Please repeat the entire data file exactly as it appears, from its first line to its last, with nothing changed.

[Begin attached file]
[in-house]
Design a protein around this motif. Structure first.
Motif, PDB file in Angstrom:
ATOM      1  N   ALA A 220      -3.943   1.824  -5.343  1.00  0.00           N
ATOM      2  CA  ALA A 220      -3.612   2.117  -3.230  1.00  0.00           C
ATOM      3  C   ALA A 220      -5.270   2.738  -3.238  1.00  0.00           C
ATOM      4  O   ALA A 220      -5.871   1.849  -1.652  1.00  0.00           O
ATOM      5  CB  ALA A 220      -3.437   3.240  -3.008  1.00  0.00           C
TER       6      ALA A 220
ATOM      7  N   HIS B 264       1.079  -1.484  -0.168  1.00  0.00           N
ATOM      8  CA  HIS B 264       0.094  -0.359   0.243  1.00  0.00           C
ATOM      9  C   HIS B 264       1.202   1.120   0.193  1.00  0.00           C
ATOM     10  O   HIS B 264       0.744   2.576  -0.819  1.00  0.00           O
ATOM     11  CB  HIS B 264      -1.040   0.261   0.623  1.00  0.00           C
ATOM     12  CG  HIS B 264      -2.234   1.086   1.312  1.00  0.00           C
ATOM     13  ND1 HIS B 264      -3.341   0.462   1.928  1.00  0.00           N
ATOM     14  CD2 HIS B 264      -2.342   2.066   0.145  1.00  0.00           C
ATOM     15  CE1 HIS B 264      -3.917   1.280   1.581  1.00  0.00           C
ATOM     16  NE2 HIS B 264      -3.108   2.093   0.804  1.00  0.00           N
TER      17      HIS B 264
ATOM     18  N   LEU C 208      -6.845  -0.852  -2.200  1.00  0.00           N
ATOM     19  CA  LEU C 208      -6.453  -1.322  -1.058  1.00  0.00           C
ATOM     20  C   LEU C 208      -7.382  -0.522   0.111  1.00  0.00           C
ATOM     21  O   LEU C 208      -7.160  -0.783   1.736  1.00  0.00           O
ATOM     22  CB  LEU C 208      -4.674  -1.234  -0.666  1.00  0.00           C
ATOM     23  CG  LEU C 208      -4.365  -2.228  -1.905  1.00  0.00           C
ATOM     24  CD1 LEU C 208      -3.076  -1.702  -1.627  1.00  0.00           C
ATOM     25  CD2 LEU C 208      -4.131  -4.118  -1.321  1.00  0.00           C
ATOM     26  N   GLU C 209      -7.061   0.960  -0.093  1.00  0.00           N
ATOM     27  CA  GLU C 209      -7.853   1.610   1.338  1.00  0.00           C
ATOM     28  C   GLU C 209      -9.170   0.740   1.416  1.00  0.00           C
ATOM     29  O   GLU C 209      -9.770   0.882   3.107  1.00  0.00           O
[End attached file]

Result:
[in-house]
Design a protein around this motif. Structure first.
Motif, PDB file in Angstrom:
ATOM      1  N   ALA A 220      -3.943   1.824  -5.343  1.00  0.00           N
ATOM      2  CA  ALA A 220      -3.612   2.117  -3.230  1.00  0.00           C
ATOM      3  C   ALA A 220      -5.270   2.738  -3.238  1.00  0.00           C
ATOM      4  O   ALA A 220      -5.871   1.849  -1.652  1.00  0.00           O
ATOM      5  CB  ALA A 220      -3.437   3.240  -3.008  1.00  0.00           C
TER       6      ALA A 220
ATOM      7  N   HIS B 264       1.079  -1.484  -0.168  1.00  0.00           N
ATOM      8  CA  HIS B 264       0.094  -0.359   0.243  1.00  0.00           C
ATOM      9  C   HIS B 264       1.202   1.120   0.193  1.00  0.00           C
ATOM     10  O   HIS B 264       0.744   2.576  -0.819  1.00  0.00           O
ATOM     11  CB  HIS B 264      -1.040   0.261   0.623  1.00  0.00           C
ATOM     12  CG  HIS B 264      -2.234   1.086   1.312  1.00  0.00           C
ATOM     13  ND1 HIS B 264      -3.341   0.462   1.928  1.00  0.00           N
ATOM     14  CD2 HIS B 264      -2.342   2.066   0.145  1.00  0.00           C
ATOM     15  CE1 HIS B 264      -3.917   1.280   1.581  1.00  0.00           C
ATOM     16  NE2 HIS B 264      -3.108   2.093   0.804  1.00  0.00           N
TER      17      HIS B 264
ATOM     18  N   LEU C 208      -6.845  -0.852  -2.200  1.00  0.00           N
ATOM     19  CA  LEU C 208      -6.453  -1.322  -1.058  1.00  0.00           C
ATOM     20  C   LEU C 208      -7.382  -0.522   0.111  1.00  0.00           C
ATOM     21  O   LEU C 208      -7.160  -0.783   1.736  1.00  0.00           O
ATOM     22  CB  LEU C 208      -4.674  -1.234  -0.666  1.00  0.00           C
ATOM     23  CG  LEU C 208      -4.365  -2.228  -1.905  1.00  0.00           C
ATOM     24  CD1 LEU C 208      -3.076  -1.702  -1.627  1.00  0.00           C
ATOM     25  CD2 LEU C 208      -4.131  -4.118  -1.321  1.00  0.00           C
ATOM     26  N   GLU C 209      -7.061   0.960  -0.093  1.00  0.00           N
ATOM     27  CA  GLU C 209      -7.853   1.610   1.338  1.00  0.00           C
ATOM     28  C   GLU C 209      -9.170   0.740   1.416  1.00  0.00           C
ATOM     29  O   GLU C 209      -9.770   0.882   3.107  1.00  0.00           O